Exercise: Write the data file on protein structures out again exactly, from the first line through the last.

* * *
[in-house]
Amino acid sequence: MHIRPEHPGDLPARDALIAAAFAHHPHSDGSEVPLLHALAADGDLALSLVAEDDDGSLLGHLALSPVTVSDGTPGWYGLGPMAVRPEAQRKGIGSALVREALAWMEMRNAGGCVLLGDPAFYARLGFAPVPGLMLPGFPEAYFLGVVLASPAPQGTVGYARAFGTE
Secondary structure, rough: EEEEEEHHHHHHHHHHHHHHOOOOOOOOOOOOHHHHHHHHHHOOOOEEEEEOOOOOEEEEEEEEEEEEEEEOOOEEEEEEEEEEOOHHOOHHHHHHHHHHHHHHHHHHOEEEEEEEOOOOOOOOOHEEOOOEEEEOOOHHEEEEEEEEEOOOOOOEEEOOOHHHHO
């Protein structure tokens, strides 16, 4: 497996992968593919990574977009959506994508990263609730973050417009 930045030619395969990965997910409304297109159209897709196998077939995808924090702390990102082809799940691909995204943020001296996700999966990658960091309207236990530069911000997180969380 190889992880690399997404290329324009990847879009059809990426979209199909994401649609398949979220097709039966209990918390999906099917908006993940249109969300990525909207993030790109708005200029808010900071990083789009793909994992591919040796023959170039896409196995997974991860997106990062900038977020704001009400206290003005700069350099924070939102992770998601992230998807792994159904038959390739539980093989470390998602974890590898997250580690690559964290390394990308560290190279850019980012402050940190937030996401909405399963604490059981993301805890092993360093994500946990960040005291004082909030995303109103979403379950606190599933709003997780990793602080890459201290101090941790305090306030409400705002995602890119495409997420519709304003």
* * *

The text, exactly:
[in-house]
Amino acid sequence: MHIRPEHPGDLPARDALIAAAFAHHPHSDGSEVPLLHALAADGDLALSLVAEDDDGSLLGHLALSPVTVSDGTPGWYGLGPMAVRPEAQRKGIGSALVREALAWMEMRNAGGCVLLGDPAFYARLGFAPVPGLMLPGFPEAYFLGVVLASPAPQGTVGYARAFGTE
Secondary structure, rough: EEEEEEHHHHHHHHHHHHHHOOOOOOOOOOOOHHHHHHHHHHOOOOEEEEEOOOOOEEEEEEEEEEEEEEEOOOEEEEEEEEEEOOHHOOHHHHHHHHHHHHHHHHHHOEEEEEEEOOOOOOOOOHEEOOOEEEEOOOHHEEEEEEEEEOOOOOOEEEOOOHHHHO
């Protein structure tokens, strides 16, 4: 497996992968593919990574977009959506994508990263609730973050417009 930045030619395969990965997910409304297109159209897709196998077939995808924090702390990102082809799940691909995204943020001296996700999966990658960091309207236990530069911000997180969380 190889992880690399997404290329324009990847879009059809990426979209199909994401649609398949979220097709039966209990918390999906099917908006993940249109969300990525909207993030790109708005200029808010900071990083789009793909994992591919040796023959170039896409196995997974991860997106990062900038977020704001009400206290003005700069350099924070939102992770998601992230998807792994159904038959390739539980093989470390998602974890590898997250580690690559964290390394990308560290190279850019980012402050940190937030996401909405399963604490059981993301805890092993360093994500946990960040005291004082909030995303109103979403379950606190599933709003997780990793602080890459201290101090941790305090306030409400705002995602890119495409997420519709304003």